When the U.S. Senate released a report late last month about the popular type 2 diabetes drug, Avandia, being linked to tens of thousands of heart attacks, it was really just the latest chapter for the defective drug.
GlaxoSmithKline, the maker of Avandia, is alleged to have known that the drug was dangerous to patients who take it. Up until the Food and Drug Administration slapped a black box warning on Avandia in 2007, there were an estimated 80,000 heart attacks, many of them fatal, that are believed directly linked to the drug. It is also alleged that a panel of independent experts voted 8-7 to keep Avandia on the market rather than recall it.
Avandia (rosiglitazone) works by helping diabetes sufferers regulate their natural insulin. It is prescription only and can be taken in addition to insulin. It has been on the market since 2000, but some of the heart attacks tied to the drug occurred in 1999. Almost immediately following Avandia’s release to the market, the Food and Drug Administration required a warning label of potential side effects.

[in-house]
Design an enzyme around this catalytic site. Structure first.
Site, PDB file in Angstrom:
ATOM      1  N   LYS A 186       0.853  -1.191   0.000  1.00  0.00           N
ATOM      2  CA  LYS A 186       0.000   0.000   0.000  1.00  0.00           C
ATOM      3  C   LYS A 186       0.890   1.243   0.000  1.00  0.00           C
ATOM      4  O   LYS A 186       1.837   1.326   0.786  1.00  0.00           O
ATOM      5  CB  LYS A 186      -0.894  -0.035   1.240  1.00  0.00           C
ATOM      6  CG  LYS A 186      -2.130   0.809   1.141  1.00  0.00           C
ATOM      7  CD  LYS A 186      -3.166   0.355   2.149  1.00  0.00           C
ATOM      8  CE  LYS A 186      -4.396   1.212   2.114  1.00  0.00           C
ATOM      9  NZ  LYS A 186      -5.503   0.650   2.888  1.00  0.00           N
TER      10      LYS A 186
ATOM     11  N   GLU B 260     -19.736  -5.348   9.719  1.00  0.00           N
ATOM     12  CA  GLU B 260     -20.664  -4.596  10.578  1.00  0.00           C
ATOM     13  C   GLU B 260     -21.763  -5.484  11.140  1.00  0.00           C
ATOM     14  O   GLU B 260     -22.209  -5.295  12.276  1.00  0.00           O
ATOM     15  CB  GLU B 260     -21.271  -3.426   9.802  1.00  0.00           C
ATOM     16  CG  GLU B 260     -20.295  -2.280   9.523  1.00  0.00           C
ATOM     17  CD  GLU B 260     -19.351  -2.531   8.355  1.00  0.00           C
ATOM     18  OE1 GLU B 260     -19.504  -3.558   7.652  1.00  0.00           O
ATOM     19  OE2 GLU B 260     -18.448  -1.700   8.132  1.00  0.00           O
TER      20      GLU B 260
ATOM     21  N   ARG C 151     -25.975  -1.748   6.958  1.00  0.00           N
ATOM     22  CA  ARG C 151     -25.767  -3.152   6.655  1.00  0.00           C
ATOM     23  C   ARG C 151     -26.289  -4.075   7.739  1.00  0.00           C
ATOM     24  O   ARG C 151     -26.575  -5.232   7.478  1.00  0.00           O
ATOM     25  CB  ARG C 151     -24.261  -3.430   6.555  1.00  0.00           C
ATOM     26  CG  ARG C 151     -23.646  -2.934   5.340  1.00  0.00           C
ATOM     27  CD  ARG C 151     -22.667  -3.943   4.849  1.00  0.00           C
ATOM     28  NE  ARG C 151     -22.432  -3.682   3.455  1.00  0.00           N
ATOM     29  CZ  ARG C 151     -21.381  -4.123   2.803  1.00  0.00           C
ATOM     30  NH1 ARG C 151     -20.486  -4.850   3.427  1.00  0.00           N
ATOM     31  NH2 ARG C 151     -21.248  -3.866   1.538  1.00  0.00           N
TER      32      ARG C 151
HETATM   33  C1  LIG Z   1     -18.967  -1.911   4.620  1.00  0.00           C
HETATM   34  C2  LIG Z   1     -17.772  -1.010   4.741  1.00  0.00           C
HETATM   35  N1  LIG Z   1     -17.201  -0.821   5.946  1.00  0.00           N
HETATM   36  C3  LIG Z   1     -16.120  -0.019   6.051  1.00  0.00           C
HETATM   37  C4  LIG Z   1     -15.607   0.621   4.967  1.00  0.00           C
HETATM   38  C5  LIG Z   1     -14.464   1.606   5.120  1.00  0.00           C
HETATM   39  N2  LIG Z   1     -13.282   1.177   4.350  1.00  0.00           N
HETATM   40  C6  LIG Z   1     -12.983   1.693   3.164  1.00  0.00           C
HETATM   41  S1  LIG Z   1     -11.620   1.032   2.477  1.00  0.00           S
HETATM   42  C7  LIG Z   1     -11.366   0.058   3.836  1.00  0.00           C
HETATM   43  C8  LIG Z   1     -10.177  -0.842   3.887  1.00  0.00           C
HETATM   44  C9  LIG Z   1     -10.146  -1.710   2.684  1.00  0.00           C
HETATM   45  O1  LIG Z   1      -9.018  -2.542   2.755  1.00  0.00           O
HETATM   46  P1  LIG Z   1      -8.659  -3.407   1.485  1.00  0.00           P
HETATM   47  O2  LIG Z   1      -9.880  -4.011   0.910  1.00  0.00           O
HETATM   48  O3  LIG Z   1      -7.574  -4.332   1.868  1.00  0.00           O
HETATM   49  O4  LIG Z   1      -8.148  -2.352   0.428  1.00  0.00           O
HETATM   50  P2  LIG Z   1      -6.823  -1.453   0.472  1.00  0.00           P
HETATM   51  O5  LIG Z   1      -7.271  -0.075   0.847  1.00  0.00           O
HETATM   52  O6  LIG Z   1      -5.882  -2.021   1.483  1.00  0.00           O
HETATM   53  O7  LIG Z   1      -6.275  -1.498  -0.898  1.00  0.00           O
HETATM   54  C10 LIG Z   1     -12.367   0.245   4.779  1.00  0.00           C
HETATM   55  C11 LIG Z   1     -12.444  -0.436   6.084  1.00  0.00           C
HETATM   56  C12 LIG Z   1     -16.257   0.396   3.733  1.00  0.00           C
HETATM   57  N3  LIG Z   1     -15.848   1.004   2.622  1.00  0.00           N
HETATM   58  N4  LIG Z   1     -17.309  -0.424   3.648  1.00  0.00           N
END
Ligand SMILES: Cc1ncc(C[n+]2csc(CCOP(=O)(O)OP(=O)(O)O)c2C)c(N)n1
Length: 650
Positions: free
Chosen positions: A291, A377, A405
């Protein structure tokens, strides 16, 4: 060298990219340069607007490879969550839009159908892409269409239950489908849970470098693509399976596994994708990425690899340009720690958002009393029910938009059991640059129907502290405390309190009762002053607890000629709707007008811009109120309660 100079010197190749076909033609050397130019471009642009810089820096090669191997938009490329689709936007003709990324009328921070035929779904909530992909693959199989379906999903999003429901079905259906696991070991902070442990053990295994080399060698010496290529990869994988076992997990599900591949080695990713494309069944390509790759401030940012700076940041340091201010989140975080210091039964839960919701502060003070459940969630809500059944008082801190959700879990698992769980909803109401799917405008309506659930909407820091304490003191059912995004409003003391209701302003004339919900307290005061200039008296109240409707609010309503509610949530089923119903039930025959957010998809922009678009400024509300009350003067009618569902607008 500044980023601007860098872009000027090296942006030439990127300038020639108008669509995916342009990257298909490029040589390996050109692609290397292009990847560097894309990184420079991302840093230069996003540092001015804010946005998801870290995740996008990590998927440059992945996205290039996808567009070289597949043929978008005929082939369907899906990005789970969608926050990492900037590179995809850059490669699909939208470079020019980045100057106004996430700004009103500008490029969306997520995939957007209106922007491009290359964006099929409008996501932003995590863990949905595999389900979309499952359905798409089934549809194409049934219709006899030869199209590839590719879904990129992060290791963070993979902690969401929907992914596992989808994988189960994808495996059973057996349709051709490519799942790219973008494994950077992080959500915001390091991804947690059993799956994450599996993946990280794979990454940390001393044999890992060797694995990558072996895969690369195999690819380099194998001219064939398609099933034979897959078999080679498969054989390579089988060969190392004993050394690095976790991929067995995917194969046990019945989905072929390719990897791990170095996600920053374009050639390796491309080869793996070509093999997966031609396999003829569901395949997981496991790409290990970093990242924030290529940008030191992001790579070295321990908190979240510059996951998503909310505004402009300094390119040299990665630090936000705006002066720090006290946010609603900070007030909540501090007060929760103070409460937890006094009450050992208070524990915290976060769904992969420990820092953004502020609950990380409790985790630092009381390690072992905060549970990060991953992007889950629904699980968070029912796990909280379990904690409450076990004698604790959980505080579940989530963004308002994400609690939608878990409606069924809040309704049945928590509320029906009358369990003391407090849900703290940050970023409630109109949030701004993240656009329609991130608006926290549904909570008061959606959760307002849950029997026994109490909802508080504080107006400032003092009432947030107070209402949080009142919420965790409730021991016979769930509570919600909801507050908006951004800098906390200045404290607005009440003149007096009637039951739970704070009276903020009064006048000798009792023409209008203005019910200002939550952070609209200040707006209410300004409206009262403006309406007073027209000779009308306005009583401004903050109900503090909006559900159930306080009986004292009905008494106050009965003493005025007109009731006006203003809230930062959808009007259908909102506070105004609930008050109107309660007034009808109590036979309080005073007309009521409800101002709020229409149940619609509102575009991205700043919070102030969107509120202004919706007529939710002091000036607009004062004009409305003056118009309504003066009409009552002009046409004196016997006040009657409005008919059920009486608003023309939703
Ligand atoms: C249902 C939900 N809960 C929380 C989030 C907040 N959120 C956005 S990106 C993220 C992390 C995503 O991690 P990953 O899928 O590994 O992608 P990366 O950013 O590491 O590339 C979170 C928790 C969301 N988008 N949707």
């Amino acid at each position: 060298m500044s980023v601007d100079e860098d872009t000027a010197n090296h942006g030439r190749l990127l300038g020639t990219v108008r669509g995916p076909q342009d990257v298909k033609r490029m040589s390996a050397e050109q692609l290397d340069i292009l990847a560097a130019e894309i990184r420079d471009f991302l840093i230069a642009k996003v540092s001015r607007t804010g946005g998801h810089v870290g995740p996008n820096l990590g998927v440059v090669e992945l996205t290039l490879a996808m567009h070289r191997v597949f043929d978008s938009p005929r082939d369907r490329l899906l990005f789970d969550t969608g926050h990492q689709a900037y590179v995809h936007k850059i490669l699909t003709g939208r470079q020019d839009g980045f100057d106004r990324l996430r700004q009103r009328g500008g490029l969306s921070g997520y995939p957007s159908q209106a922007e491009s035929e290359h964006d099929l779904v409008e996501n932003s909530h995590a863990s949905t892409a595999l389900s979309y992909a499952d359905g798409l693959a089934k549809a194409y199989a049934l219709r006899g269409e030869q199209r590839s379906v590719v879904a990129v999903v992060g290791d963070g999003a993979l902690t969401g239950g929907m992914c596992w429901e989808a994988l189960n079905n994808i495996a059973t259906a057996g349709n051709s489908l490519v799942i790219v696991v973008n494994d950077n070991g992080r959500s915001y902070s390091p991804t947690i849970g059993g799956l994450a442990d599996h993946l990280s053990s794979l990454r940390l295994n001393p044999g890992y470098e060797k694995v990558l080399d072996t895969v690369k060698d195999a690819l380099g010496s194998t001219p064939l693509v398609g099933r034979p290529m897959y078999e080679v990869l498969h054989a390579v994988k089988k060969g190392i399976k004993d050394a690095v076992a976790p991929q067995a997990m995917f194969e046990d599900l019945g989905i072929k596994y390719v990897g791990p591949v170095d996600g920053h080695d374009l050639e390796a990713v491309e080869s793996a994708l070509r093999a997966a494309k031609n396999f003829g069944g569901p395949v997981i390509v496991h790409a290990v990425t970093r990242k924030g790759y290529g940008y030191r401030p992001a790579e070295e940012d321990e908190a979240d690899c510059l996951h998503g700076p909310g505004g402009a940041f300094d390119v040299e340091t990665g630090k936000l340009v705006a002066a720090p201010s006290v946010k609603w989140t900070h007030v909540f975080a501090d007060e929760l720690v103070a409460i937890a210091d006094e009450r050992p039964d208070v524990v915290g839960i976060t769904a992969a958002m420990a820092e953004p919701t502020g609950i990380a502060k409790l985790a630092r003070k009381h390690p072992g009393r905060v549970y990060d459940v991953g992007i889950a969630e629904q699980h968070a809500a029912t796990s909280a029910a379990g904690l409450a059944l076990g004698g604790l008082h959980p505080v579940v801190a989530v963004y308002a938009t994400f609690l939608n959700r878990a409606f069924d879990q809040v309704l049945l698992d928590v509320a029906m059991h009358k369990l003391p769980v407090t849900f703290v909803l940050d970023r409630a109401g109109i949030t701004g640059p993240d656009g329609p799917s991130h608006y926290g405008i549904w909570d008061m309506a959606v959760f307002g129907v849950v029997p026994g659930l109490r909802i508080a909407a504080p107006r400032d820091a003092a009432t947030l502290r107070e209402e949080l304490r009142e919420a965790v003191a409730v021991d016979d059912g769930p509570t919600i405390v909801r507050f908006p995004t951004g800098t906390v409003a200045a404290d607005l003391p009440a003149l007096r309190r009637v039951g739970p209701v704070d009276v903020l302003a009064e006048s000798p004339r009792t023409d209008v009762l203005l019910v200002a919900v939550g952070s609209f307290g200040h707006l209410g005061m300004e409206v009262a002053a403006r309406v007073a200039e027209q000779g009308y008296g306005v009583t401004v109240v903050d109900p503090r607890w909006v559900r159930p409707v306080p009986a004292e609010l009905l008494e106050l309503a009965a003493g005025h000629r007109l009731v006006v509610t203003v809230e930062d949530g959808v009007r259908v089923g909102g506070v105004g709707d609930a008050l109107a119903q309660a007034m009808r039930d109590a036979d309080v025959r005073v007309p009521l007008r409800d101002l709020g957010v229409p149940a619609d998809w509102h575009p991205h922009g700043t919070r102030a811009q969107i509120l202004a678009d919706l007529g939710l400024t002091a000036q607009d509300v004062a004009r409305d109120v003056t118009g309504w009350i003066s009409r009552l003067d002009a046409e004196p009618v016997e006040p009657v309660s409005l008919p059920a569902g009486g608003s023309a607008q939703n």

These side effects include:
- Dangerously low blood sugar
- Eye swelling, known as macular edema
- Recurring ovulation in women who have stopped menstruating, but do not use birth control and have not reached menopause
- Hepatitis leading to liver failure
- Congestive heart failure and other cardiovascular problems
Symptoms tied to these side effects include
- Low red blood cell count
- Flu-like symptoms and colds
- Bone fractures
However, it is the heart attacks that have kept Avandia in the news.
If you or a loved one has been injured due to Avandia in the Milwaukee, Wisconsin area, please contact
the experienced defective drug attorneys at the Cochran Firm Wisconsin
for an initial case evaluation.